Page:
Bandwidth - will there be enough?

PDM editor Neil McNaughton wonders what will limit the growth of Internet traffic. He concludes that as long as the world has an appetite for voice telephony and commodity traffic like MP3, the future for data intensive usage is good.

This month’s editorial starts with a confession. I am a BBC radio addict. I even listen in bed, in the wee hours with an earphone plugged in. I sometimes wake up in the morning with the thing twisted round my neck. I can admit to this pathetic vice because I met someone recently who does the same thing. Only he uses an infra red headset linked to his satellite box. His wife sometimes wakes up, to find an alien-like beast with red lights flashing on its headset, snoring away beside her.

Terabits per second

This silliness does expose one to some fascinating facts. One night, I heard an Indian telecoms engineer describe a new cable link from India to the far east, and was amazed to hear that its bandwidth will be a staggering 9 terabits per second. That works out at very nearly 100 peta bytes per day! In other words, the stuff pumping in and out of this one undersea cable could fill up the largest tape robotics installation in a few hours. As a friend remarked, how on earth do you manage the stuff coming out of the cable?

No ‘management’

Much reflection later I realized that such traffic was only possible exactly because it isn’t ‘managed’ at all. To understand this you need to know something of the subtle differences between telephony and data and just what is involved in their ‘convergence.’ Today, both telecoms and data are as near as damn it all digital. OK you may be unlucky and have some non digital technology such as a modem on your local loop, but as soon as your telephone gets to a local exchange, your voice is digitized, and can and will be commingled with data and other voices traveling down wider and wider pipes (such as the one of my ‘dreams’) before being separated out again and served up to your listener.


Modern transport technologies such as ATM allow this mixing of digitized voice and data. Multiplexed phone calls share the same infrastructure as Internet and other data traffic. But while the Internet traffic goes out onto disks chez your ISP, the telephony world is different on two counts. First telephone traffic is switched, not managed - it is the ultimate in ‘hot’ data (see Van Kuijk on page 7) - You talk, and someone listens, nothing is stored anywhere.


Second, telephony has a real-time component that is absent from most data traffic. There is a need for constant end-to-end bandwidth. Otherwise, you’ll talk, and someone will fall asleep waiting to hear you. Data on the other hand is mostly not real time. Email for instance, can tolerate relatively long delays in transmission. Each category of data transmission, or interaction will require a certain amount of bandwidth to operate without unduly frustrating the user.


Infrastructure providers - like the people laying the Indian fiber link - neither know nor care what traffic goes down the tube. Others, telcos, ISPs and governments fight over that. Bandwidth has become a commodity. You can pay a lot - for guaranteed quality of service suitable for a dedicated link, in fact you pay quite a lot for a telephone conversation. Or you can pay a vanishingly small amount for non urgent bandwidth such as email. The huge price differentials are due to the way the bandwidth is carved up. Figuratively, the cable operator will sell as much as he can to the high added value telcos etc. But any gaps in transmission, the drop off in traffic when America goes to bed, to the single pause for breath in a phone call will be plugged with lower cost data traffic.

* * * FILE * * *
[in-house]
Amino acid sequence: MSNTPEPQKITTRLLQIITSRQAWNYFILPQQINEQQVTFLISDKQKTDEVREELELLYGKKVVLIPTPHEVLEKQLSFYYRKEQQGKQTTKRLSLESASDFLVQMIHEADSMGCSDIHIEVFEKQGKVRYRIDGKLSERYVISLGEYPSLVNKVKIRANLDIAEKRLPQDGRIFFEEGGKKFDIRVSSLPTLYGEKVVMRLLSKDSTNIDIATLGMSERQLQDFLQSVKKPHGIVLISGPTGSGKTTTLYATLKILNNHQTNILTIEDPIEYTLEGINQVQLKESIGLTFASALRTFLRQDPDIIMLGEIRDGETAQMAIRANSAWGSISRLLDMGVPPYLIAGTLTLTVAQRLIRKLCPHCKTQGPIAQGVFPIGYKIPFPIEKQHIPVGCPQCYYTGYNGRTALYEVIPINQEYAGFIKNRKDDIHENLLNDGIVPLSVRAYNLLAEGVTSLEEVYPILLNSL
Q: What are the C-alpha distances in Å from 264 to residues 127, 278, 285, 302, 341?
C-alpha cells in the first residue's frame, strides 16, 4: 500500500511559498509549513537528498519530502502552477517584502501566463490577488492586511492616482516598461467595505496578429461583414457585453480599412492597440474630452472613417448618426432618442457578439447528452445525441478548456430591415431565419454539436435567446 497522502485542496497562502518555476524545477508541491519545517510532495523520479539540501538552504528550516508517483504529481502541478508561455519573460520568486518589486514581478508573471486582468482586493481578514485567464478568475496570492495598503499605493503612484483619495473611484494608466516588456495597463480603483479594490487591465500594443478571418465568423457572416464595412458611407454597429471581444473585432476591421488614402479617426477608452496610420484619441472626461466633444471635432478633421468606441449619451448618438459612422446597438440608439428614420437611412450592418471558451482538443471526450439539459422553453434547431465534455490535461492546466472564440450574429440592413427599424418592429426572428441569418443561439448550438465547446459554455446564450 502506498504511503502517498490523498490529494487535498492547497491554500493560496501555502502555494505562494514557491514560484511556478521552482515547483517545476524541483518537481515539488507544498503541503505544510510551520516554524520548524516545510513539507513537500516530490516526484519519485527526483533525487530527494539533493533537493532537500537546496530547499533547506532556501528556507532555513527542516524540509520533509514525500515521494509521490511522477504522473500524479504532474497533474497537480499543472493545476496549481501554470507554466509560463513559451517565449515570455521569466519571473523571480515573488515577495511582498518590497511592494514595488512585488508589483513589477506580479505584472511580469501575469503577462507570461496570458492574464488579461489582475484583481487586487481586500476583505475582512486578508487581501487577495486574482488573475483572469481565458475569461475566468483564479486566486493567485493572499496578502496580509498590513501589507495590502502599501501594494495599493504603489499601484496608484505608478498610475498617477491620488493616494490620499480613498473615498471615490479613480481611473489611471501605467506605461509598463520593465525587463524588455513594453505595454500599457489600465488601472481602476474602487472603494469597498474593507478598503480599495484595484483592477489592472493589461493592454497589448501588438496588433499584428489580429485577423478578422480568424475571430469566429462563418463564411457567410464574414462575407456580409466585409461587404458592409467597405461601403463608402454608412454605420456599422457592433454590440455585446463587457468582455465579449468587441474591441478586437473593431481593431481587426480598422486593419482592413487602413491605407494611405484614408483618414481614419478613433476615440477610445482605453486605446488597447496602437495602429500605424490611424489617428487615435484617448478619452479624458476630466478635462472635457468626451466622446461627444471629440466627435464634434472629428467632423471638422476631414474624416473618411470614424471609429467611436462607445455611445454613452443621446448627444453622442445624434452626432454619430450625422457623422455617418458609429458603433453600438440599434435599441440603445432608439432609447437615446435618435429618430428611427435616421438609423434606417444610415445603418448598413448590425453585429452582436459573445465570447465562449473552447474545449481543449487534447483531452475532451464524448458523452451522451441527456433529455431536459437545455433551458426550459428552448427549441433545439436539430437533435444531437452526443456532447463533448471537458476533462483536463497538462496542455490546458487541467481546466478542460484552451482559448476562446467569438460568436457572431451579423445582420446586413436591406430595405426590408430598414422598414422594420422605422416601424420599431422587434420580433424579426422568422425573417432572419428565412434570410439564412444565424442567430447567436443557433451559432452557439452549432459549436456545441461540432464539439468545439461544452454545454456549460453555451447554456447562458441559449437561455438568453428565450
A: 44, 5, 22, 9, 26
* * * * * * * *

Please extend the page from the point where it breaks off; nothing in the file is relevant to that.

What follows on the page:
Here at The Data Room we have just been equipped with ADSL and a router, and immediately became involved in higher bandwidth activities such as online radio (I said I was an addict!) and downloading MP3 files. The question many are asking is - will the Internet hold up to such increasingly intensive use? The answer depends on what your expectations are. At any point in time, the very top end of quality-of-service assured bandwidth will cost. But in general it is the demand for commodity applications - from voice though MP3 to video - that ensures that your basic IP traffic is getting a faster and faster cheap ride by piggy-backing the bandwidth bulimics.


Claude Shannon

One can hardly talk about communications without recording the death this month of the Mr. Bandwidth himself, Claude Shannon, formerly of Bell Labs and MIT. Shannon was one of the first workers in the telecoms industry to realize that all ‘signals’ - a single voice channel, multiplexed voice or color television can be represented and analyzed as the passage of ones and zeros - ‘bits’ - along the wire. Shannon realized the overlap between telecoms and computing very early on. In fact his expectations of the future impact of technology were boundless.


Alan Turing, on a fishing trip to Bell Labs in 1943, from his base in Bletchley Park, found a kindred spirit. “Shannon wants to feed not just data to a Brain [a computer] but cultural things! He wants to play music to it!” Subsequent IT developments must have seemed rather lackluster to such a visionary. But that didn’t stop him enjoying life after early retirement in 1972. Apart from the occasional lecture and scientific paper, the great man enjoyed himself, inventing motorized pogo-sticks. He also developed a theory of juggling. More from

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